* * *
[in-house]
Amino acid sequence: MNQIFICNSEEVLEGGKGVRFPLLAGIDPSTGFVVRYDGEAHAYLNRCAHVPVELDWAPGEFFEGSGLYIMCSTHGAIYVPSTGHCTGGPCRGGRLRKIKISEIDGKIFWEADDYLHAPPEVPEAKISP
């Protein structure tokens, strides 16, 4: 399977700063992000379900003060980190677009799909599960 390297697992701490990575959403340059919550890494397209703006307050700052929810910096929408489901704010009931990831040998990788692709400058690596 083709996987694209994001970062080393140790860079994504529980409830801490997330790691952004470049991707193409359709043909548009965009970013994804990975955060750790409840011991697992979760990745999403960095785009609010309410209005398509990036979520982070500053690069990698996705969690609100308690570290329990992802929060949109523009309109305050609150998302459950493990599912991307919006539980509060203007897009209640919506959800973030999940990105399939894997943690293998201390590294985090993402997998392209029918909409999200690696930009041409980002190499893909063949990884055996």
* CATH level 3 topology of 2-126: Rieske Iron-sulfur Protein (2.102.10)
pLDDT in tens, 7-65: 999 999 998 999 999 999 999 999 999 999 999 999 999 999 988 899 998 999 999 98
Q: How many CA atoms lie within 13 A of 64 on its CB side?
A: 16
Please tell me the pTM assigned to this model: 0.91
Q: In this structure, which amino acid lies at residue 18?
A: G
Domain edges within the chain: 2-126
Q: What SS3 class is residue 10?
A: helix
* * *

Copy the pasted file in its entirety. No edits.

[in-house]
Amino acid sequence: MNQIFICNSEEVLEGGKGVRFPLLAGIDPSTGFVVRYDGEAHAYLNRCAHVPVELDWAPGEFFEGSGLYIMCSTHGAIYVPSTGHCTGGPCRGGRLRKIKISEIDGKIFWEADDYLHAPPEVPEAKISP
């Protein structure tokens, strides 16, 4: 399977700063992000379900003060980190677009799909599960 390297697992701490990575959403340059919550890494397209703006307050700052929810910096929408489901704010009931990831040998990788692709400058690596 083709996987694209994001970062080393140790860079994504529980409830801490997330790691952004470049991707193409359709043909548009965009970013994804990975955060750790409840011991697992979760990745999403960095785009609010309410209005398509990036979520982070500053690069990698996705969690609100308690570290329990992802929060949109523009309109305050609150998302459950493990599912991307919006539980509060203007897009209640919506959800973030999940990105399939894997943690293998201390590294985090993402997998392209029918909409999200690696930009041409980002190499893909063949990884055996």
* CATH level 3 topology of 2-126: Rieske Iron-sulfur Protein (2.102.10)
pLDDT in tens, 7-65: 999 999 998 999 999 999 999 999 999 999 999 999 999 999 988 899 998 999 999 98
Q: How many CA atoms lie within 13 A of 64 on its CB side?
A: 16
Please tell me the pTM assigned to this model: 0.91
Q: In this structure, which amino acid lies at residue 18?
A: G
Domain edges within the chain: 2-126
Q: What SS3 class is residue 10?
A: helix